The Information Required
What was your financial position at the start of the relationship?
What is your financial position now?
What did you bring to the start of the relationship?
What financial contributions were made to the relationship:
Provide answers to those questions in respect of your former partner also.
What income did the household have during the relationship?
What expenditure did the household have during the relationship?
It is irrelevant for these purposes as to who paid which particular bill.
Was there any wastage of assets during the relationship?
Was there any wastage of assets after the relationship ended?
What is the earning capacity of each of the parties?
What are your future needs in terms of:
- Special Needs?
Similarly, what are the future needs of:
- Your Former Partner?;
- Any Children?
Prepare a chronology of all events relevant to the property settlement. That chronology will come in very handy later in proceedings. Update that chronology as new information comes to light.
Prepare a comprehensive statement from the litigant outlining the relevant events in chronological order. That statement can be used as a guide for the evidence of the litigant, should the dynamics of the case require evidence to be given, in whatever fashion. Accordingly the statement will form the basis of any affidavit material that might need to be filed in court.
Collate all documentation that supports this property settlement information eg bank statements, property valuations.
Once provided with all this information and documentation I will then be in a position to assess the strengths and weakness of the case. From there I can advise on the outcome that might be reached if a Court were asked to decide the matter.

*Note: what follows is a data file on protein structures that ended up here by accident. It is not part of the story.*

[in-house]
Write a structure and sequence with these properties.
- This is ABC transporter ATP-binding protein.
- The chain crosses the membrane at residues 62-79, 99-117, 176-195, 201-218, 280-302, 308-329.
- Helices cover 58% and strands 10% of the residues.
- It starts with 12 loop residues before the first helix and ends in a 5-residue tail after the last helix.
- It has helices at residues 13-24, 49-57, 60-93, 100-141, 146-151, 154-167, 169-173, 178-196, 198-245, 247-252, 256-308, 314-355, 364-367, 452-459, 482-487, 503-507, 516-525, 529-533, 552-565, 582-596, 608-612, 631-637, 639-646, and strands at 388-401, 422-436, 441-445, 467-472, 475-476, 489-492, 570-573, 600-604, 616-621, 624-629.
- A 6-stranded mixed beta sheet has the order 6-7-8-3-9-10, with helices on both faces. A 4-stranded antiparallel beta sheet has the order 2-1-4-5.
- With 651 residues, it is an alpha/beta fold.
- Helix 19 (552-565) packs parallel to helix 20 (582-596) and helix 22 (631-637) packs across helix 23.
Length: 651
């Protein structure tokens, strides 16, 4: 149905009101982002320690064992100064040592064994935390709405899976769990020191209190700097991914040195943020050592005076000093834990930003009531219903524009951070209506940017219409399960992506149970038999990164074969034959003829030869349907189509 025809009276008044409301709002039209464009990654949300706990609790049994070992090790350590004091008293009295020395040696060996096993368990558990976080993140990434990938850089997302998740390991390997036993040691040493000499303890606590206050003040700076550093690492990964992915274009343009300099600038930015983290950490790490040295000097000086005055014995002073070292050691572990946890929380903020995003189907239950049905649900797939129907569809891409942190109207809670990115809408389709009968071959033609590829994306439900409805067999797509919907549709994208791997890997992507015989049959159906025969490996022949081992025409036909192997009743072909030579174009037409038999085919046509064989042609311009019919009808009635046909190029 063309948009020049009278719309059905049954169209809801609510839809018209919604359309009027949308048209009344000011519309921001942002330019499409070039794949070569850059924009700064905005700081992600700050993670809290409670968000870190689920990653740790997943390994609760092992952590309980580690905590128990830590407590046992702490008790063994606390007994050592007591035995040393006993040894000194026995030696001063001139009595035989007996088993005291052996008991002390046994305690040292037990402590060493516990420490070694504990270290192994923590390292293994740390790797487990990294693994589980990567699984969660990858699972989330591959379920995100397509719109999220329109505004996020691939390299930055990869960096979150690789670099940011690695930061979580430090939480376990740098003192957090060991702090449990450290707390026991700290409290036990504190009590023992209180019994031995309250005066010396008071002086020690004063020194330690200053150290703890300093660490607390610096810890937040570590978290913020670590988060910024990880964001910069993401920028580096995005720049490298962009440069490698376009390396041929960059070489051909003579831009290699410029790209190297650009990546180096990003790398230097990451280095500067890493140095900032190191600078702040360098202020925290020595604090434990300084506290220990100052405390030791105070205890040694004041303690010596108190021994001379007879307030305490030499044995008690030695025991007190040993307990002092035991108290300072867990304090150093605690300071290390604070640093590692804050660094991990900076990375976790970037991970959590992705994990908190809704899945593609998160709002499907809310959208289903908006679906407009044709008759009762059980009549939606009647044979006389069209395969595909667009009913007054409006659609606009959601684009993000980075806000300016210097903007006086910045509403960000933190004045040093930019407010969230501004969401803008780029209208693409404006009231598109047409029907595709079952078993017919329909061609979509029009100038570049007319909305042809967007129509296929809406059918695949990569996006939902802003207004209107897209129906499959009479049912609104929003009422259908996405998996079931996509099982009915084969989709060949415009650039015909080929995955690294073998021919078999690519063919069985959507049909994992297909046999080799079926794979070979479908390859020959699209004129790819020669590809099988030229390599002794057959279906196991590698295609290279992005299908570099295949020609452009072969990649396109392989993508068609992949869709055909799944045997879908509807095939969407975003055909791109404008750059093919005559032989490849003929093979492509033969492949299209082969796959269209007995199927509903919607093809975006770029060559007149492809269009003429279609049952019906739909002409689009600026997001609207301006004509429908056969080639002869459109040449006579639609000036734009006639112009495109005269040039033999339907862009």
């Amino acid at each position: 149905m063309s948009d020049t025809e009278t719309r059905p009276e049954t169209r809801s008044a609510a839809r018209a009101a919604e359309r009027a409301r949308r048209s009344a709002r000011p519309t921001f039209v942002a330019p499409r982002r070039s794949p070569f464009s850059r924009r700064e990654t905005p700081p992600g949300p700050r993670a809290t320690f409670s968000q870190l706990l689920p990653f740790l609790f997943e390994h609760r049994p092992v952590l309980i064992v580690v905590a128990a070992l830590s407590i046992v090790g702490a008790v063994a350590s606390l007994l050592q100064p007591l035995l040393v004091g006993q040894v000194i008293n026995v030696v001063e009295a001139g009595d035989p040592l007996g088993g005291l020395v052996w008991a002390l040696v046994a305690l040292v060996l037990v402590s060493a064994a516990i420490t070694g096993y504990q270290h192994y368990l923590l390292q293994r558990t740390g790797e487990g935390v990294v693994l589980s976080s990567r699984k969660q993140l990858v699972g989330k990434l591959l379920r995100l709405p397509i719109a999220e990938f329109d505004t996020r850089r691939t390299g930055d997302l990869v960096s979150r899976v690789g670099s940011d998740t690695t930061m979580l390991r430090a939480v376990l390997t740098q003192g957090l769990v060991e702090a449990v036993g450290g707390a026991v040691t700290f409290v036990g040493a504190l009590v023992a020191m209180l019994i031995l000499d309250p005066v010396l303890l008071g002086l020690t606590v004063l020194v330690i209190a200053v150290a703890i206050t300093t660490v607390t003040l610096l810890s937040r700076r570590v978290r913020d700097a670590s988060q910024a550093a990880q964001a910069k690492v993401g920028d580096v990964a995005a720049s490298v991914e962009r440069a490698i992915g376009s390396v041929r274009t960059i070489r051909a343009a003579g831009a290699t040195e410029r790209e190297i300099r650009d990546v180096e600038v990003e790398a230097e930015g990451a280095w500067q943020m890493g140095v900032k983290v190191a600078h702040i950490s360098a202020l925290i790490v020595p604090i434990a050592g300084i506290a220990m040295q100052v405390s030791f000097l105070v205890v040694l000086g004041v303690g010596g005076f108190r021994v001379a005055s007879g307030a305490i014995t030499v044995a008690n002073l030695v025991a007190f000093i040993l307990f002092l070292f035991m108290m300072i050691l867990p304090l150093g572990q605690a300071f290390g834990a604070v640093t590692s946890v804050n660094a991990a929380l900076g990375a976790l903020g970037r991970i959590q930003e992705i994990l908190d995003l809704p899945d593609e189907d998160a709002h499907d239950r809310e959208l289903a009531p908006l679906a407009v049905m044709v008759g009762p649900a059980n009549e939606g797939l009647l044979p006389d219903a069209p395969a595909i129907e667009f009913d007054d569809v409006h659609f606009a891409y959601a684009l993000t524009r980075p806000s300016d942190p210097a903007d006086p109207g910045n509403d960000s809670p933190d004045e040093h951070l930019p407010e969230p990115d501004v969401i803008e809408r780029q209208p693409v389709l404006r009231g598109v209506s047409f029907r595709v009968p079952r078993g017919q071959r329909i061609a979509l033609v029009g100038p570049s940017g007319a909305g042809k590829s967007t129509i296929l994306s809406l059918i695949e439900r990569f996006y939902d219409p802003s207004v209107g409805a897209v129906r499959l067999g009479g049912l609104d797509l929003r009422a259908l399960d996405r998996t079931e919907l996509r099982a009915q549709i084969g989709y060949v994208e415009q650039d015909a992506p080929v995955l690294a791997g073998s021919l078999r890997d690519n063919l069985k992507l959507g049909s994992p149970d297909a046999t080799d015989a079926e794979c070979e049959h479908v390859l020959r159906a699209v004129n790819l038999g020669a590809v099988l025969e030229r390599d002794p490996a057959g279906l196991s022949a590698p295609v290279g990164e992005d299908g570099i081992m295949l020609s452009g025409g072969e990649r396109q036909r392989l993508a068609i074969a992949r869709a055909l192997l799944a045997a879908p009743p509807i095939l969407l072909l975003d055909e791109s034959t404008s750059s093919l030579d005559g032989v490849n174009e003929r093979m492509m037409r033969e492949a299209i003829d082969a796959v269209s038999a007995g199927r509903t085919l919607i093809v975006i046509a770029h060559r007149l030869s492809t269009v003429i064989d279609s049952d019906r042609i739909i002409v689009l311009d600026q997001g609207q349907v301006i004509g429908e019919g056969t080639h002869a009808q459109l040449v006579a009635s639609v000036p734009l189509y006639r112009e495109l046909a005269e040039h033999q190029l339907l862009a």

It is only at that stage, when a litigant has been properly advised as to the outcome that might be reached if a Court were asked to decide the matter, that the litigant is in a position to make an informed decision to compromise the matter at mediation or make an offer to settle. Anything less will involve making a less than fully informed decision about the outcome of the matter.
The family law property settlement process is one of many steps, but if approached methodically and the skills of experienced legal practitioners are properly utilised, that process need not be daunting. It can be informative, rewarding and empowering.
So embrace the opportunity to purposefully confront your family law property settlement and remember that help is available through the phenomenon called asking.
I have prepared a slide show presentation containing all of this information, which may also be of some assistance to you.
(Family Law: Property Settlements - Preparation Guide)
In a subsequent post I will deal with Family Law Relocation cases.
Ross Bowler LLB